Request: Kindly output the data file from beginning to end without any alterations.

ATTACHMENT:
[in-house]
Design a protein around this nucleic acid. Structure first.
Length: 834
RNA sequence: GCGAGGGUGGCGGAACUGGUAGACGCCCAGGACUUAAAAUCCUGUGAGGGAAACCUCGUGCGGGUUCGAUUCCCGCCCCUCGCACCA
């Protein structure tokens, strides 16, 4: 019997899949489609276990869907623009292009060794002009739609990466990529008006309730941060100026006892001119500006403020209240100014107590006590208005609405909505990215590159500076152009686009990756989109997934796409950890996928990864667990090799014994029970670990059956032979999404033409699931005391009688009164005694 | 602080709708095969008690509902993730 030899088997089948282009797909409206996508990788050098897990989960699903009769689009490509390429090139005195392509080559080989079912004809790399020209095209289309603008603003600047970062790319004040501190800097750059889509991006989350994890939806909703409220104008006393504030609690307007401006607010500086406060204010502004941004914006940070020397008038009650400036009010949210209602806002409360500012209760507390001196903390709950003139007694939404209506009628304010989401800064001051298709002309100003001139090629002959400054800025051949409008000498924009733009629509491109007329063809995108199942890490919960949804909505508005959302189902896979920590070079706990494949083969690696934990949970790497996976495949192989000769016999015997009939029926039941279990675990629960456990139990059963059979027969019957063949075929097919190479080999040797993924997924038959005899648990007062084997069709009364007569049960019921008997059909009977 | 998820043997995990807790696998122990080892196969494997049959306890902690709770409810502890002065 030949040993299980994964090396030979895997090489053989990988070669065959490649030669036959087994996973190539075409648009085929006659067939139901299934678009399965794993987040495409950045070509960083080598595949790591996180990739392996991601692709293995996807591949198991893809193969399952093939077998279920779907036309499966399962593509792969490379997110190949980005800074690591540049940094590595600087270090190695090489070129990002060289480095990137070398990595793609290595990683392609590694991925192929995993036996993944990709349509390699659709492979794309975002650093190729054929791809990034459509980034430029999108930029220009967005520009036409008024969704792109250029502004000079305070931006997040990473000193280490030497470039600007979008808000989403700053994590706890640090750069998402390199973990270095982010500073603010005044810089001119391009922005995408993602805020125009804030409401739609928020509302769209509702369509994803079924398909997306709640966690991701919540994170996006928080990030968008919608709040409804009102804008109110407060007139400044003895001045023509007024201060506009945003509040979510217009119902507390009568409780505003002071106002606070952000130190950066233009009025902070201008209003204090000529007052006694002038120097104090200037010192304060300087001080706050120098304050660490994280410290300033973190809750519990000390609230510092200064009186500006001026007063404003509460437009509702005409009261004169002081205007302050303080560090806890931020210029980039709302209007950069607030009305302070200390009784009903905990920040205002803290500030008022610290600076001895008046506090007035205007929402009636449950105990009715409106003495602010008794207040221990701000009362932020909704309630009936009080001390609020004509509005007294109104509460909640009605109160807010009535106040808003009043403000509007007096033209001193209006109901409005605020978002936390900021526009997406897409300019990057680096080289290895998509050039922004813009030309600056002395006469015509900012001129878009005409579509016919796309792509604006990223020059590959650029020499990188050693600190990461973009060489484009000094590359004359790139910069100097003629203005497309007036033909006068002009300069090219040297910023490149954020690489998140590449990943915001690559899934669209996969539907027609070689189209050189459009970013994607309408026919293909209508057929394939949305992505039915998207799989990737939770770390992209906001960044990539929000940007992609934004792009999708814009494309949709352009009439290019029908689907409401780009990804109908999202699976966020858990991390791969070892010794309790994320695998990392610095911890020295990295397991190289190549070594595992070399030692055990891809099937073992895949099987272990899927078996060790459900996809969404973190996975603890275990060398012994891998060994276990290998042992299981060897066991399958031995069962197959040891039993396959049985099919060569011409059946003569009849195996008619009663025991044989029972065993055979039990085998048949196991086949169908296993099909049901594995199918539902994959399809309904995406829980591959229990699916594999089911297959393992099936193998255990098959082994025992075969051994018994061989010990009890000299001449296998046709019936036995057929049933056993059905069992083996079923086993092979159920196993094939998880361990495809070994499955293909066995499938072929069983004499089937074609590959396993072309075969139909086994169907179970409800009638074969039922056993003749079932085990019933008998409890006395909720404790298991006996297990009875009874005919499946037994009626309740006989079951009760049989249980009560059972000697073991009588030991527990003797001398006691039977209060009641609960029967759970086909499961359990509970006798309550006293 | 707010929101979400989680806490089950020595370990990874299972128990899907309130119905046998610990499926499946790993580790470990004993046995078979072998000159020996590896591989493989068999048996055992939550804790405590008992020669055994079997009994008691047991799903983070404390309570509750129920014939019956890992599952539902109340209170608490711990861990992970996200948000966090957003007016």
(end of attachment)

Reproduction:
[in-house]
Design a protein around this nucleic acid. Structure first.
Length: 834
RNA sequence: GCGAGGGUGGCGGAACUGGUAGACGCCCAGGACUUAAAAUCCUGUGAGGGAAACCUCGUGCGGGUUCGAUUCCCGCCCCUCGCACCA
């Protein structure tokens, strides 16, 4: 019997899949489609276990869907623009292009060794002009739609990466990529008006309730941060100026006892001119500006403020209240100014107590006590208005609405909505990215590159500076152009686009990756989109997934796409950890996928990864667990090799014994029970670990059956032979999404033409699931005391009688009164005694 | 602080709708095969008690509902993730 030899088997089948282009797909409206996508990788050098897990989960699903009769689009490509390429090139005195392509080559080989079912004809790399020209095209289309603008603003600047970062790319004040501190800097750059889509991006989350994890939806909703409220104008006393504030609690307007401006607010500086406060204010502004941004914006940070020397008038009650400036009010949210209602806002409360500012209760507390001196903390709950003139007694939404209506009628304010989401800064001051298709002309100003001139090629002959400054800025051949409008000498924009733009629509491109007329063809995108199942890490919960949804909505508005959302189902896979920590070079706990494949083969690696934990949970790497996976495949192989000769016999015997009939029926039941279990675990629960456990139990059963059979027969019957063949075929097919190479080999040797993924997924038959005899648990007062084997069709009364007569049960019921008997059909009977 | 998820043997995990807790696998122990080892196969494997049959306890902690709770409810502890002065 030949040993299980994964090396030979895997090489053989990988070669065959490649030669036959087994996973190539075409648009085929006659067939139901299934678009399965794993987040495409950045070509960083080598595949790591996180990739392996991601692709293995996807591949198991893809193969399952093939077998279920779907036309499966399962593509792969490379997110190949980005800074690591540049940094590595600087270090190695090489070129990002060289480095990137070398990595793609290595990683392609590694991925192929995993036996993944990709349509390699659709492979794309975002650093190729054929791809990034459509980034430029999108930029220009967005520009036409008024969704792109250029502004000079305070931006997040990473000193280490030497470039600007979008808000989403700053994590706890640090750069998402390199973990270095982010500073603010005044810089001119391009922005995408993602805020125009804030409401739609928020509302769209509702369509994803079924398909997306709640966690991701919540994170996006928080990030968008919608709040409804009102804008109110407060007139400044003895001045023509007024201060506009945003509040979510217009119902507390009568409780505003002071106002606070952000130190950066233009009025902070201008209003204090000529007052006694002038120097104090200037010192304060300087001080706050120098304050660490994280410290300033973190809750519990000390609230510092200064009186500006001026007063404003509460437009509702005409009261004169002081205007302050303080560090806890931020210029980039709302209007950069607030009305302070200390009784009903905990920040205002803290500030008022610290600076001895008046506090007035205007929402009636449950105990009715409106003495602010008794207040221990701000009362932020909704309630009936009080001390609020004509509005007294109104509460909640009605109160807010009535106040808003009043403000509007007096033209001193209006109901409005605020978002936390900021526009997406897409300019990057680096080289290895998509050039922004813009030309600056002395006469015509900012001129878009005409579509016919796309792509604006990223020059590959650029020499990188050693600190990461973009060489484009000094590359004359790139910069100097003629203005497309007036033909006068002009300069090219040297910023490149954020690489998140590449990943915001690559899934669209996969539907027609070689189209050189459009970013994607309408026919293909209508057929394939949305992505039915998207799989990737939770770390992209906001960044990539929000940007992609934004792009999708814009494309949709352009009439290019029908689907409401780009990804109908999202699976966020858990991390791969070892010794309790994320695998990392610095911890020295990295397991190289190549070594595992070399030692055990891809099937073992895949099987272990899927078996060790459900996809969404973190996975603890275990060398012994891998060994276990290998042992299981060897066991399958031995069962197959040891039993396959049985099919060569011409059946003569009849195996008619009663025991044989029972065993055979039990085998048949196991086949169908296993099909049901594995199918539902994959399809309904995406829980591959229990699916594999089911297959393992099936193998255990098959082994025992075969051994018994061989010990009890000299001449296998046709019936036995057929049933056993059905069992083996079923086993092979159920196993094939998880361990495809070994499955293909066995499938072929069983004499089937074609590959396993072309075969139909086994169907179970409800009638074969039922056993003749079932085990019933008998409890006395909720404790298991006996297990009875009874005919499946037994009626309740006989079951009760049989249980009560059972000697073991009588030991527990003797001398006691039977209060009641609960029967759970086909499961359990509970006798309550006293 | 707010929101979400989680806490089950020595370990990874299972128990899907309130119905046998610990499926499946790993580790470990004993046995078979072998000159020996590896591989493989068999048996055992939550804790405590008992020669055994079997009994008691047991799903983070404390309570509750129920014939019956890992599952539902109340209170608490711990861990992970996200948000966090957003007016």